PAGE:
The Range Rover starts at around £70k; the Sport begins at near £50k. That’s the distance between the most expensive Volkswagen Polo and an entry-level Touareg, which is another way of saying that £20,000 buys you a big difference in the car industry.
Here, the differences between stablemates are reduced to subtle questions of taste and status rather than quality and function. That makes the new Range Rover Sport feel worth its base price.
Nevertheless, the decision to ring-fence the SD4 in HSE trim seems destined to upset a slice of Land Rover’s buyer base, who would have preferred to twin the most economical engine with the superior HSE or Autobiography badges.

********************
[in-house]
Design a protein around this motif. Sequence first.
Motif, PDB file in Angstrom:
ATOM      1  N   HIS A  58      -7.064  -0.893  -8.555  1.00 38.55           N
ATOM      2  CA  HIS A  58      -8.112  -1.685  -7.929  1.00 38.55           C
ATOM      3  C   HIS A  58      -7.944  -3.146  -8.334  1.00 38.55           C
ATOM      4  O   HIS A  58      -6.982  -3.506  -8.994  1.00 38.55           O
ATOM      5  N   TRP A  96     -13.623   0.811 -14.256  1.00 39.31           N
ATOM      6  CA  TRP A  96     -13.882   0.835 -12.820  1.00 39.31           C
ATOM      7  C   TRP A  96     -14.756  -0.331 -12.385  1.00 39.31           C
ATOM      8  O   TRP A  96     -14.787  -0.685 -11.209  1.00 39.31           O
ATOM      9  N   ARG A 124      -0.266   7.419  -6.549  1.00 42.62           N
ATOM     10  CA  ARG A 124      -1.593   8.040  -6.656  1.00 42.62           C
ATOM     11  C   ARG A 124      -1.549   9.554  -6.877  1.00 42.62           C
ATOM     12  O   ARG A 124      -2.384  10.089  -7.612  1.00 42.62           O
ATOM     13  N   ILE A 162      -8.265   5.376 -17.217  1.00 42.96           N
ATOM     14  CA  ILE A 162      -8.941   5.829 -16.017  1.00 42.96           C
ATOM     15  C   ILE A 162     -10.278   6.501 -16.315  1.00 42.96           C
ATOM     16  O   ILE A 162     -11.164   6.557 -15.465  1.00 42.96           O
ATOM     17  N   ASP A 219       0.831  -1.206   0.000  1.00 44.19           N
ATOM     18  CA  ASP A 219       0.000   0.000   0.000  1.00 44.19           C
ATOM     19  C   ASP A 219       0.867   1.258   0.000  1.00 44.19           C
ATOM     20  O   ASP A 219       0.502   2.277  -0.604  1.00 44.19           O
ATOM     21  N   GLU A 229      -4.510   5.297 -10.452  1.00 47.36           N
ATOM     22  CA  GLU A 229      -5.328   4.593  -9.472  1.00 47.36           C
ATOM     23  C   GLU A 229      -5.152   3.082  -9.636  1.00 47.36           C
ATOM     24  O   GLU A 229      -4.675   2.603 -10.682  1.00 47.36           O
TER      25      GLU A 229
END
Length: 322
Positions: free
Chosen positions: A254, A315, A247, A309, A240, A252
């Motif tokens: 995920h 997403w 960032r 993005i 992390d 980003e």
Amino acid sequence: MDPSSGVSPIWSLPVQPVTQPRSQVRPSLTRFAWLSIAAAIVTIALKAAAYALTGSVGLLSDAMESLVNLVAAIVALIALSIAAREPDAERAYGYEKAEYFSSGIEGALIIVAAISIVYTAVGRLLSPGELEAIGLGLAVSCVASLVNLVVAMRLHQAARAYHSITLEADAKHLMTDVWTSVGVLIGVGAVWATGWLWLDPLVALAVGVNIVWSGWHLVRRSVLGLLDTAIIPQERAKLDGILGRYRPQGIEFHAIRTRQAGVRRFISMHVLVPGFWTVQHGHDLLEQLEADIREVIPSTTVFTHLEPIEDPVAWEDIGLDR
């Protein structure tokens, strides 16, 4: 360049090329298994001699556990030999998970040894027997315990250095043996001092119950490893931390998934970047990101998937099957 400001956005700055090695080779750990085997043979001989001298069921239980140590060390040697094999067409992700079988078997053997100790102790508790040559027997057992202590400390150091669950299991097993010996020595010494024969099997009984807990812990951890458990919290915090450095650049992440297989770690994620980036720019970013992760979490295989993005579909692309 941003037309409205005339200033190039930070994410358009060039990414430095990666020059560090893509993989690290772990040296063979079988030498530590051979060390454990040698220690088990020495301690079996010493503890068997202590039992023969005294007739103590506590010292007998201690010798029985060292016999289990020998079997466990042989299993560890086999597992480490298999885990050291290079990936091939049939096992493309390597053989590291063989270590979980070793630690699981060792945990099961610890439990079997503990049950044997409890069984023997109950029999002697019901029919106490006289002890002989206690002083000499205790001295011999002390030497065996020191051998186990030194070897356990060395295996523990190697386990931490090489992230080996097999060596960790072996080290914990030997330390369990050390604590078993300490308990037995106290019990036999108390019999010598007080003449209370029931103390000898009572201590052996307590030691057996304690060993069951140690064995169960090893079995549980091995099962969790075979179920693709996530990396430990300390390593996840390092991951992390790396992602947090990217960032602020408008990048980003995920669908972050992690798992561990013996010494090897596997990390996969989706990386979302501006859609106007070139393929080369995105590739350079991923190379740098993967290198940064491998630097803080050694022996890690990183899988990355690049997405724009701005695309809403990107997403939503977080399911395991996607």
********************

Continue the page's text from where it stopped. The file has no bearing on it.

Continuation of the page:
Both are currently the preserve of the SDV6, but as it delivers no more torque and only a 0.3sec improvement to 60mph, we’d recommend sticking with the cheaper version.
For now, 3.0-litre V6 diesels make up the meat of this segment, and JLR’s broadly measures up to the rest with a combined economy score of 38.7mpg for the SDV6 (we managed a decent 41.5mpg touring) and 194g/km of CO2.
Equipment is also on a par with the Sport’s competitors; sat-nav, cruise control, climate control, rear parking sensors and a DAB tuner are all supplied as standard.
Residual values for the Range Rover Sport should also prove very competitive.